Sex differences in sleep and sleep-dependent learning in abstinent cocaine users

Department of Psychiatry, Yale University, New Haven, Connecticut, United States
Pharmacology Biochemistry and Behavior (Impact Factor: 2.78). 07/2009; 93(1):54-58. DOI: 10.1016/j.pbb.2009.04.006


Sleep and sleep-dependent learning are impaired in male cocaine users during abstinence, but for female users little is known. Cocaine dependent men (n = 12) and women (n = 14), and control participants (n = 19) participated in this study of sleep and sleep-dependent learning. Cocaine users were assessed at 3, 10 and 20 days of abstinence and controls were studied over one night. Total sleep time, sleep efficiency and overnight motor learning were the main outcome measures. Cocaine dependent men compared to women exhibited deteriorations in sleep time, sleep efficiency, and overnight learning as abstinence progressed from 3 to 20 days. At abstinence day 3, cocaine dependent men and women were no different than control participants in the main outcomes. However, there were significant differences between cocaine men at abstinence day 20 and controls in sleep time and sleep-dependent learning, but no differences between controls and cocaine dependent women. There is growing evidence that sleep disturbances are associated with cocaine abuse and abstinence and have functional consequences that may be relevant to the development of effective treatments. The absence of sleep disturbances in women suggests a need to understand the mechanisms underlying these differences, as such knowledge could lead to novel therapies in cocaine dependence.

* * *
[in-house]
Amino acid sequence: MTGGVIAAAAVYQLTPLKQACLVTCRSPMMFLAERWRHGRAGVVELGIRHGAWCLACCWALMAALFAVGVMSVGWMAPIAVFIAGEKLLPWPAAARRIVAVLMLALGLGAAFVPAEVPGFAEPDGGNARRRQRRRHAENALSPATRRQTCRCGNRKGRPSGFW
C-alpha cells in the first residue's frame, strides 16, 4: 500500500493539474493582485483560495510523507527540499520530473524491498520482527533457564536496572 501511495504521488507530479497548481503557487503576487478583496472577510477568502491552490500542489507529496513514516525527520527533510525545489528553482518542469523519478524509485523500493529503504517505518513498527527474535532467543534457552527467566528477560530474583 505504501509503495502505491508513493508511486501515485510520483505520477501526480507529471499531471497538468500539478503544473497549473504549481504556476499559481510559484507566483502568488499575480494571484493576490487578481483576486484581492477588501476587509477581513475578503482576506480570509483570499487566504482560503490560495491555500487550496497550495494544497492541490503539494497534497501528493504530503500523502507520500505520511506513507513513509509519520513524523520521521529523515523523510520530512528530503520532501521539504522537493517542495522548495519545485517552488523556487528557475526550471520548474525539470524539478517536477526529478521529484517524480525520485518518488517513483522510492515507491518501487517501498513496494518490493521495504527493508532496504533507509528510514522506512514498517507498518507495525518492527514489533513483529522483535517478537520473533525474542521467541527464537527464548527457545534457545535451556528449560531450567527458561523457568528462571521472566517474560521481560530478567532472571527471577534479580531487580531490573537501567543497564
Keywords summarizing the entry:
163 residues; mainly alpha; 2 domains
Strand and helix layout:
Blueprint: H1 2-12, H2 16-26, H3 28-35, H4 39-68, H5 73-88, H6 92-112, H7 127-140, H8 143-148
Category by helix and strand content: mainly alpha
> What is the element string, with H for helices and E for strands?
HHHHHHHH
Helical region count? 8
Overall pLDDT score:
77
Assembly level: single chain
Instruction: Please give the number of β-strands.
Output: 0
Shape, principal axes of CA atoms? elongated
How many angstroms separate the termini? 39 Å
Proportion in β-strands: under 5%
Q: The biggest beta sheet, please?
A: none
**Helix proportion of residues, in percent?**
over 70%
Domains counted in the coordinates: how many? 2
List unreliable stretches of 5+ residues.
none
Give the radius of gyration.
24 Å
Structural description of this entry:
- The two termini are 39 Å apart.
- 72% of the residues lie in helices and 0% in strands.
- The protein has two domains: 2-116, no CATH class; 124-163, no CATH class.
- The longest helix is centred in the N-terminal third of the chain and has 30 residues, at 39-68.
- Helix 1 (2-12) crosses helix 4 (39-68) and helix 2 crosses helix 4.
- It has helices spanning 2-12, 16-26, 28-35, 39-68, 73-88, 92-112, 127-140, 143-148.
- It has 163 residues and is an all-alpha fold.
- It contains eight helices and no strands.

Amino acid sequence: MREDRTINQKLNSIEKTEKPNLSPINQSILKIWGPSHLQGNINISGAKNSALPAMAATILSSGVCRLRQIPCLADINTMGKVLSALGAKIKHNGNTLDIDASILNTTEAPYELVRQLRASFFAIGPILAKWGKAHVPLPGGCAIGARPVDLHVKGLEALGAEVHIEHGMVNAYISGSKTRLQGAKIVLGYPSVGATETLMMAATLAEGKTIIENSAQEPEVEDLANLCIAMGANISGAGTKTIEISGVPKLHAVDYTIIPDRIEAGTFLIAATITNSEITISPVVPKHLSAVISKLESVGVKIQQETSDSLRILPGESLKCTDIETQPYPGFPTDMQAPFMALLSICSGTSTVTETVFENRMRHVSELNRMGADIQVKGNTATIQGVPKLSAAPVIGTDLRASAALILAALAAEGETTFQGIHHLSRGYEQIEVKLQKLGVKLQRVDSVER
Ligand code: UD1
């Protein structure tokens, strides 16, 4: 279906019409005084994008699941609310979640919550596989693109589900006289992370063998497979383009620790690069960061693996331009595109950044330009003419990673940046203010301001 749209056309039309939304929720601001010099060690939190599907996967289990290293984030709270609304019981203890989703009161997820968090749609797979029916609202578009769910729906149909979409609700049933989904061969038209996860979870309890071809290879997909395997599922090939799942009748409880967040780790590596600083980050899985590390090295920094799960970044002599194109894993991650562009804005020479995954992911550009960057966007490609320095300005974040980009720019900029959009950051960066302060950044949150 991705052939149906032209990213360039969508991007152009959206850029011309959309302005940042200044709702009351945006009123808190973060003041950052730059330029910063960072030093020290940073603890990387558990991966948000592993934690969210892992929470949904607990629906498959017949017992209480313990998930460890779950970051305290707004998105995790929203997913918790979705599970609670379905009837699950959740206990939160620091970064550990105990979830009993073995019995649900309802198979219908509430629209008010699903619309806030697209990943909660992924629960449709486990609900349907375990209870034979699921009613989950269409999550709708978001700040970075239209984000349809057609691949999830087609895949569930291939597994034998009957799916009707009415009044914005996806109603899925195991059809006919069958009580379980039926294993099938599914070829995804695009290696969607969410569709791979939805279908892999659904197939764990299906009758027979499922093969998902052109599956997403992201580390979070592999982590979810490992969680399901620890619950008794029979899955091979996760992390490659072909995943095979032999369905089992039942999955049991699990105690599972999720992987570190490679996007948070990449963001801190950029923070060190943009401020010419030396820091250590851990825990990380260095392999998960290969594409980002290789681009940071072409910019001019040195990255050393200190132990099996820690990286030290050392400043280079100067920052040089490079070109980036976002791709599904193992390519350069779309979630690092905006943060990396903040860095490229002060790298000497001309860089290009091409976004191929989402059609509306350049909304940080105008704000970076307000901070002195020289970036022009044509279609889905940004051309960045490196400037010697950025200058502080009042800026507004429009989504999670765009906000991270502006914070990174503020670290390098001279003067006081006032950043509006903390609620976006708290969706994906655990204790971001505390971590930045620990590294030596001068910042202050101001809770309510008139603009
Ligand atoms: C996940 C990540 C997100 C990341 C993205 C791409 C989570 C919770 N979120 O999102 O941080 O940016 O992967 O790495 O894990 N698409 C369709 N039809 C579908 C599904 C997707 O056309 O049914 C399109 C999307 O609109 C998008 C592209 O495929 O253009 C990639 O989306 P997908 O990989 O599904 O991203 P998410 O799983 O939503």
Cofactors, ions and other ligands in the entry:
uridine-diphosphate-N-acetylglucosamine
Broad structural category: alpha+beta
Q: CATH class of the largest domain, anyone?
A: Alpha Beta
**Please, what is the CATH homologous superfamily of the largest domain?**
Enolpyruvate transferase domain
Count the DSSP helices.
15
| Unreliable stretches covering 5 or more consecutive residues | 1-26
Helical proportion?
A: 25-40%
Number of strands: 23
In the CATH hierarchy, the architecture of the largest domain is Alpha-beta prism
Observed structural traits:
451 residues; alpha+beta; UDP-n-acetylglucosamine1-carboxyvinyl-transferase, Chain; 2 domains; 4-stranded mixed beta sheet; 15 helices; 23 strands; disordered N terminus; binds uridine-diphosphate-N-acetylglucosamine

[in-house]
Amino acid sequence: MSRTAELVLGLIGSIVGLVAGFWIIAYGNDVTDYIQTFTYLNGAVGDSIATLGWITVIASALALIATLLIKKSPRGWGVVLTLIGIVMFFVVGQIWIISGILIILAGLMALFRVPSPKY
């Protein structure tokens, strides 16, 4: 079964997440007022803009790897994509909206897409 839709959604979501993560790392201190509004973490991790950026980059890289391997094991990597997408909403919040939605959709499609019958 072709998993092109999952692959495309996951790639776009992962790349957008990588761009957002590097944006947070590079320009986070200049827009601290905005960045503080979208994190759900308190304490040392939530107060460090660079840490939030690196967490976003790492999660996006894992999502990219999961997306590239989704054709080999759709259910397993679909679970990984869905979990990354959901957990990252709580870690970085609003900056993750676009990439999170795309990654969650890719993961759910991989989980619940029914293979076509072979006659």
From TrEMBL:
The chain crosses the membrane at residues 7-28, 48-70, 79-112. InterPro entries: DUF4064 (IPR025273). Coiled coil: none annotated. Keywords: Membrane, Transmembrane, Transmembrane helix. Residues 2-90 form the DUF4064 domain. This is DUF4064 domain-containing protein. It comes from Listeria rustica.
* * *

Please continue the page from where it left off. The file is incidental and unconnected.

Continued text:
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    • "Despite having only five females in this sample, gender related differences were found with females having longer total sleep time and REM sleep time compared to their male counterparts. This is the first polysomnographic evidence of a gender difference in sleep in cocaine dependence and is consistent with non-polysomnographic findings (Morgan et al., 2009). While this finding should be confirmed in a larger sample, such differences, if real, could be significant in determining future sleep-related treatment options. "
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